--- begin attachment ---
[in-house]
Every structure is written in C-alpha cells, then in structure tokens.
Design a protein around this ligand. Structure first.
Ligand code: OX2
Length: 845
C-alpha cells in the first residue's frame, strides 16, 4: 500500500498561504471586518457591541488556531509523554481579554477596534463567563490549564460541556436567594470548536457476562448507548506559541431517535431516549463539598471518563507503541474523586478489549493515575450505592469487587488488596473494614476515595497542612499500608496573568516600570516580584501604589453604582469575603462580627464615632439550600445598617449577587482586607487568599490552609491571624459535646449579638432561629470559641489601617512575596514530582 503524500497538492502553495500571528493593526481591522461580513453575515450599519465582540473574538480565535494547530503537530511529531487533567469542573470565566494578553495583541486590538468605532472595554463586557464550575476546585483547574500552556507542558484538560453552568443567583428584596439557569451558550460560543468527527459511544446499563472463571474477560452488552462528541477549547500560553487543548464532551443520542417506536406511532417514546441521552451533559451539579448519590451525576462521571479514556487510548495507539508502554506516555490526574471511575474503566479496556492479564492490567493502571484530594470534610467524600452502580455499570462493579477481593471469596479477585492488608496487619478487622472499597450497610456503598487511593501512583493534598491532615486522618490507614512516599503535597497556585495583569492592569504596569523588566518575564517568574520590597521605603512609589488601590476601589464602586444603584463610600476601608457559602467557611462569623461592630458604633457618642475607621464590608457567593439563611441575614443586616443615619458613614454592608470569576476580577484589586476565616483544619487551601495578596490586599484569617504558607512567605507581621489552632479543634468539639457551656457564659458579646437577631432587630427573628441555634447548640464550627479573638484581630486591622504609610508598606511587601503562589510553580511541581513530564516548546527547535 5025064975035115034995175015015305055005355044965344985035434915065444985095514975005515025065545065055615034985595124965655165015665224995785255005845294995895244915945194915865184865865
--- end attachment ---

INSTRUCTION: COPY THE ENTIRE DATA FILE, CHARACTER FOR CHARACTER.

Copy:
[in-house]
Every structure is written in C-alpha cells, then in structure tokens.
Design a protein around this ligand. Structure first.
Ligand code: OX2
Length: 845
C-alpha cells in the first residue's frame, strides 16, 4: 500500500498561504471586518457591541488556531509523554481579554477596534463567563490549564460541556436567594470548536457476562448507548506559541431517535431516549463539598471518563507503541474523586478489549493515575450505592469487587488488596473494614476515595497542612499500608496573568516600570516580584501604589453604582469575603462580627464615632439550600445598617449577587482586607487568599490552609491571624459535646449579638432561629470559641489601617512575596514530582 503524500497538492502553495500571528493593526481591522461580513453575515450599519465582540473574538480565535494547530503537530511529531487533567469542573470565566494578553495583541486590538468605532472595554463586557464550575476546585483547574500552556507542558484538560453552568443567583428584596439557569451558550460560543468527527459511544446499563472463571474477560452488552462528541477549547500560553487543548464532551443520542417506536406511532417514546441521552451533559451539579448519590451525576462521571479514556487510548495507539508502554506516555490526574471511575474503566479496556492479564492490567493502571484530594470534610467524600452502580455499570462493579477481593471469596479477585492488608496487619478487622472499597450497610456503598487511593501512583493534598491532615486522618490507614512516599503535597497556585495583569492592569504596569523588566518575564517568574520590597521605603512609589488601590476601589464602586444603584463610600476601608457559602467557611462569623461592630458604633457618642475607621464590608457567593439563611441575614443586616443615619458613614454592608470569576476580577484589586476565616483544619487551601495578596490586599484569617504558607512567605507581621489552632479543634468539639457551656457564659458579646437577631432587630427573628441555634447548640464550627479573638484581630486591622504609610508598606511587601503562589510553580511541581513530564516548546527547535 5025064975035115034995175015015305055005355044965344985035434915065444985095514975005515025065545065055615034985595124965655165015665224995785255005845294995895244915945194915865184865865